If society alienates people from an appreciation of biodiversity and the natural world in general, and collecting in particular, then there is potentially an even greater risk that we will cease to relate to natural environments and the animals and plants that live in them. Unregulated or careless shell collecting certainly has the potential to cause environmental and biodiversity damage, but appropriately managed, well-informed and responsible wild harvest, as part of a wider collecting and curation process, may actually be a greater contribution to environmental good than harm.

20.7 Future Prospects

The inherent value of shells as collector’s items has ranged throughout human history from aesthetic pieces of jewellery, exotic curiosities from a new world, subjects of artistic expression and design, scientific specimens, and also as commercial items for sale by specialist dealers.

These different values of shells, and hence shell collections, indeed the existence and persistence of the physical collection itself, have been critical for the development of natural history, taxonomy, systematics and evolutionary biology. Since the curiosity cabinets of seventeenth century Europe, scientists have been inspired to investigate and publish work on shells, enabling the gradual progression and accumulation of ideas and information that is at the core of scientific investigation. So, perhaps more than any other biological collectible, the rich diversity of shells has provided the material and opportunity for both amateurs and professionals to provide insights into the wider natural world.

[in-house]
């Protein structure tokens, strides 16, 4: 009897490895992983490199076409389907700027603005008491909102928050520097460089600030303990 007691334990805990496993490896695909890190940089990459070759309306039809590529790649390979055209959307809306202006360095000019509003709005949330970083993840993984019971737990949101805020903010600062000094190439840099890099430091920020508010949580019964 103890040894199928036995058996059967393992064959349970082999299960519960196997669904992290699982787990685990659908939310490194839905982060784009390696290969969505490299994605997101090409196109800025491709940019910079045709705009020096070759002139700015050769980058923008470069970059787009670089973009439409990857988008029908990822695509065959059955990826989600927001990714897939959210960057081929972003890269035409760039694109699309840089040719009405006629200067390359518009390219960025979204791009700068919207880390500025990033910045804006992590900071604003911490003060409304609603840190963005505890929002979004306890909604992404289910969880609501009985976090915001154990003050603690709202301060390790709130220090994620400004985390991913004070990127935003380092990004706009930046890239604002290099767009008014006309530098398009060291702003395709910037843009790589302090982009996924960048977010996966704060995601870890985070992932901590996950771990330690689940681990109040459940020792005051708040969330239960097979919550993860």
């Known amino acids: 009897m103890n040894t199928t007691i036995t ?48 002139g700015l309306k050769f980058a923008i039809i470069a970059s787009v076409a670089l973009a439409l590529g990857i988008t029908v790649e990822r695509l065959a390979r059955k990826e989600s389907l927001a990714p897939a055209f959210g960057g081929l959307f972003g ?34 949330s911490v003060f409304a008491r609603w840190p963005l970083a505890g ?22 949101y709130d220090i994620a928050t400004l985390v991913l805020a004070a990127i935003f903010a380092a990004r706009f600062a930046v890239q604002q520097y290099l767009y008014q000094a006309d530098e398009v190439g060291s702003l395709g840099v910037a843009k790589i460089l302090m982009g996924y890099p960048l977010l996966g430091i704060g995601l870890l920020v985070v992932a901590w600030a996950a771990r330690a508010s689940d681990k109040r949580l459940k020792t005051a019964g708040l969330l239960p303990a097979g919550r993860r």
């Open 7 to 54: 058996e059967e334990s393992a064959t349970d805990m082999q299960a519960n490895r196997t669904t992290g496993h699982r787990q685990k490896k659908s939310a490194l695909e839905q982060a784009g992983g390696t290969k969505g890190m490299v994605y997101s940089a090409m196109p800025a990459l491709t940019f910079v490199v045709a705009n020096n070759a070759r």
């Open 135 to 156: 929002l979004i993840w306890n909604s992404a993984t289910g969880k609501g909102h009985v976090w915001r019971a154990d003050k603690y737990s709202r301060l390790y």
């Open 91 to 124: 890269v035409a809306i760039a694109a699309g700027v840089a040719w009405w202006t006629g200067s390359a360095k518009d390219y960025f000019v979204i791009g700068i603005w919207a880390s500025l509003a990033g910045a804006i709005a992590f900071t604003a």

However, throughout the conchological community there is concern that the demographic is ageing and that relatively few younger people are continuing the long tradition of the discipline. While the value of responsible specimen collecting and accessible institutional natural history collections are in little doubt (Rocha et al. 2014; Bradley et al. 2014), the future development of natural sciences also requires a next generation of interested, passionate and educated individuals to pursue it. Therefore, it is perhaps important to ensure that future generations are given opportunities to develop the interest and practical skills that come with hobbies such as shell collecting. Several high-profile naturalists, such as Sir David Attenborough,13 have raised concern about the danger of wholesale restrictions on natural history collecting, and the reduced opportunities for younger people to explore their natural environment and develop the fundamental interests that lead onto significant scientific contributions, whether as professionals or amateurs.

There is no question that if we continue to collect live mollusc shells from the wild then we must do so sustainably, and responsible conchological organisations have recognized this for many decades. However, enabling people to pursue their interest in natural history, and better understand the fundamental links between biodiversity and the supporting environment, can help to encourage the next generation of environmental conservationists. The world’s seas, particularly near-shore areas, face numerous threats from anthropogenic pollution, habitat loss and fragmentation, and overfishing, which are arguably much greater threats to mollusc populations than shell collecting.